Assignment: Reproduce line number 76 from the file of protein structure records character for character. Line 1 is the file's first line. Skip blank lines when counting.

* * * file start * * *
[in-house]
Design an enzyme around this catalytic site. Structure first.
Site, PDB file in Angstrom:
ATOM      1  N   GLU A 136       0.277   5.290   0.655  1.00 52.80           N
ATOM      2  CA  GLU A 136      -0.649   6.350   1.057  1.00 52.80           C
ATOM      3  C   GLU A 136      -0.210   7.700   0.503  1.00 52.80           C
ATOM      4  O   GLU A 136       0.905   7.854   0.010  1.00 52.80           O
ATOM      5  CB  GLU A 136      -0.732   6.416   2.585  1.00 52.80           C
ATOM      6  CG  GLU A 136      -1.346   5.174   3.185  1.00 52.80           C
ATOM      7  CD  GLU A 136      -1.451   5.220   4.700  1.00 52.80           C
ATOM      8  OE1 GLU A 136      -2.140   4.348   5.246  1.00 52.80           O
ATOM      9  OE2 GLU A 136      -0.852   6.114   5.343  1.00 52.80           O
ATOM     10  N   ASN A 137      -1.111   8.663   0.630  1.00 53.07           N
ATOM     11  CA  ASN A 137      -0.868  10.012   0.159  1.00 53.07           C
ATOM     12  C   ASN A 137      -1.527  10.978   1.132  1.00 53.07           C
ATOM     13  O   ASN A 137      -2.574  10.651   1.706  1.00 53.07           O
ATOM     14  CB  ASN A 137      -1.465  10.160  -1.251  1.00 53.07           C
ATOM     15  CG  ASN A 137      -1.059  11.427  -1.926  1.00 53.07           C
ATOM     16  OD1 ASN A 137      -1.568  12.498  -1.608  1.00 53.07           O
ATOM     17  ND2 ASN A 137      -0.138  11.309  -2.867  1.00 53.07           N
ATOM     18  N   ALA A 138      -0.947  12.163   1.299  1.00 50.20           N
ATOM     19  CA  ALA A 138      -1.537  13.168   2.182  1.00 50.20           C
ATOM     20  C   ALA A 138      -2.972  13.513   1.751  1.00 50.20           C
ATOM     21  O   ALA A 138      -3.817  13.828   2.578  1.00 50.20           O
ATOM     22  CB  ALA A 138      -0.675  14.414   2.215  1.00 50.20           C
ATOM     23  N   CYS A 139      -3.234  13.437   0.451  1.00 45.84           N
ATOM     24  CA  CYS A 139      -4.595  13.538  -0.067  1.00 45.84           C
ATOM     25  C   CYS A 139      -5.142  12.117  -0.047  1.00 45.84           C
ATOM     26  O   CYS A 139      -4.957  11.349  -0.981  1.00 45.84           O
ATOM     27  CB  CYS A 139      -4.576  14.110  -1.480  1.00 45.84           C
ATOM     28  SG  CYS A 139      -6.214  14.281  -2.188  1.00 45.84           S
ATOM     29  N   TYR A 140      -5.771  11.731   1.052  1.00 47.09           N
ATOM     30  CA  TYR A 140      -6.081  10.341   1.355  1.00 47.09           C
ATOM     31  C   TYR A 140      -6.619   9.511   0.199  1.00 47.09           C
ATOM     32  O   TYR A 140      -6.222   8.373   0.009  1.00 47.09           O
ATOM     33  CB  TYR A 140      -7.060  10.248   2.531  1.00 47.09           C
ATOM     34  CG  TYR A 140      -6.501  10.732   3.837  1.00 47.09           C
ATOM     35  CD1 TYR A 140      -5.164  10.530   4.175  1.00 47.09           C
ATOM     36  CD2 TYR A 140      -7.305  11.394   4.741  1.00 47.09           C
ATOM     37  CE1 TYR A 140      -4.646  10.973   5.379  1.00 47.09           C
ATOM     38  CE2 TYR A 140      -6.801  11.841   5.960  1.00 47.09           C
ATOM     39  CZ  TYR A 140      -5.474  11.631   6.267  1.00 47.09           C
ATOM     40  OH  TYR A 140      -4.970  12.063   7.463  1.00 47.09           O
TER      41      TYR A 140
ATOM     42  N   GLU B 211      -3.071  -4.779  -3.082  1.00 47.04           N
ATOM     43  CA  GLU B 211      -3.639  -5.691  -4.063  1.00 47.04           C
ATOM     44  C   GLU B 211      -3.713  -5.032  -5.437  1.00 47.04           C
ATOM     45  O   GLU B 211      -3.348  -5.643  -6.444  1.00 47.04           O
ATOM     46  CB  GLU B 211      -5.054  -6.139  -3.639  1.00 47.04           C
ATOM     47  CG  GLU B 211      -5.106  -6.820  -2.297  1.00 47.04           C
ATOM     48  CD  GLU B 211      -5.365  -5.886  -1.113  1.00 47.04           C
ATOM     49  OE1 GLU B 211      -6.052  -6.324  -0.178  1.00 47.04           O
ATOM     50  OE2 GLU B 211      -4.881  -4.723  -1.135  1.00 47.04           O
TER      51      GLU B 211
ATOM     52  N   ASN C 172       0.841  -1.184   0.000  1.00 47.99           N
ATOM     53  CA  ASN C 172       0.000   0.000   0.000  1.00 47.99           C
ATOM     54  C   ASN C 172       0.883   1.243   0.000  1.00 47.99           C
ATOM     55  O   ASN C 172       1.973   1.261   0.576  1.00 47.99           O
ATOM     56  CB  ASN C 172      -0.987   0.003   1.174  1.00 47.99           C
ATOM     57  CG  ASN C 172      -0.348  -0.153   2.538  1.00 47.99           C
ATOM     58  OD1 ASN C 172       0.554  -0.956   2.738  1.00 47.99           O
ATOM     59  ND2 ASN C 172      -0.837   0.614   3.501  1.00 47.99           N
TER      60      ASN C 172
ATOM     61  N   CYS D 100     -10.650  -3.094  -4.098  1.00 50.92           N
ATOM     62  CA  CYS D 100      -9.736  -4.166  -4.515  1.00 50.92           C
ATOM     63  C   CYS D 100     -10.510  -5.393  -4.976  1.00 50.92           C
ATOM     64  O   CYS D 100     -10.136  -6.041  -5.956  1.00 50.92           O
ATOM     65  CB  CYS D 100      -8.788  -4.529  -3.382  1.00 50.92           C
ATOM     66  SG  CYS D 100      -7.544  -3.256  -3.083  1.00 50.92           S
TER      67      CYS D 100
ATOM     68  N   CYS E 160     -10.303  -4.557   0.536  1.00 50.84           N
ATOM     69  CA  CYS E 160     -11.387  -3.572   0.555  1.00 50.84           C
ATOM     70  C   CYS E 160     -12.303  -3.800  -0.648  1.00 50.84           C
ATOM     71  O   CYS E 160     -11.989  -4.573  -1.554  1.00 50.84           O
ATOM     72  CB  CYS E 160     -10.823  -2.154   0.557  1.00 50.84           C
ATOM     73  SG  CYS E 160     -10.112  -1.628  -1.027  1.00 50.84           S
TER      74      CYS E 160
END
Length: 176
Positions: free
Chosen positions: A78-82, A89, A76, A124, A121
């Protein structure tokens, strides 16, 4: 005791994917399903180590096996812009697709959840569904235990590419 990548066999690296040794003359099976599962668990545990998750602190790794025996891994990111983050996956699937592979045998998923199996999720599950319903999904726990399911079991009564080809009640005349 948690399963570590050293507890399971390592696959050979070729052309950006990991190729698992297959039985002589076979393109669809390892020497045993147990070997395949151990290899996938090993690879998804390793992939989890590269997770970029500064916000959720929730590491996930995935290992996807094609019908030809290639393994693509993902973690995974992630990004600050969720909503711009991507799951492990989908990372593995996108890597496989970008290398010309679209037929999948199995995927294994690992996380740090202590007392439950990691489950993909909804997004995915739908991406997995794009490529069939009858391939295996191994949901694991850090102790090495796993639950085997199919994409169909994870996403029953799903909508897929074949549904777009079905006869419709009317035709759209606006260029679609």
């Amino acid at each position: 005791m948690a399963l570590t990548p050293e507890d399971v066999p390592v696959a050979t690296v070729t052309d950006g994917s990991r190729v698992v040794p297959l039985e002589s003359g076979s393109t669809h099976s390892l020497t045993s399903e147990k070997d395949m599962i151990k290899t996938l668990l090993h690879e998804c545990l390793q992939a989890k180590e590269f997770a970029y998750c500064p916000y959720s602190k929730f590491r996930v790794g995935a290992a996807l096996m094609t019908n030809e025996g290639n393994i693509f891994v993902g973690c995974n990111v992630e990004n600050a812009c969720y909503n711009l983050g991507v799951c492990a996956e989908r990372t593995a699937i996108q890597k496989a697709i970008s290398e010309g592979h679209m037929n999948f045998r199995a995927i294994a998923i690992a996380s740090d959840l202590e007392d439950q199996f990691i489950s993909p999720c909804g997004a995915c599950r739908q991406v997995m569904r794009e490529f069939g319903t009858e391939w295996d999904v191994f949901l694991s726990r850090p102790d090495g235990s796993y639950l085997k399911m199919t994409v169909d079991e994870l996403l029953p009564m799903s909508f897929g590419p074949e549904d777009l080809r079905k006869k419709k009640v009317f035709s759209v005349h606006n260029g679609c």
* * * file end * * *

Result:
ATOM     73  SG  CYS E 160     -10.112  -1.628  -1.027  1.00 50.84           S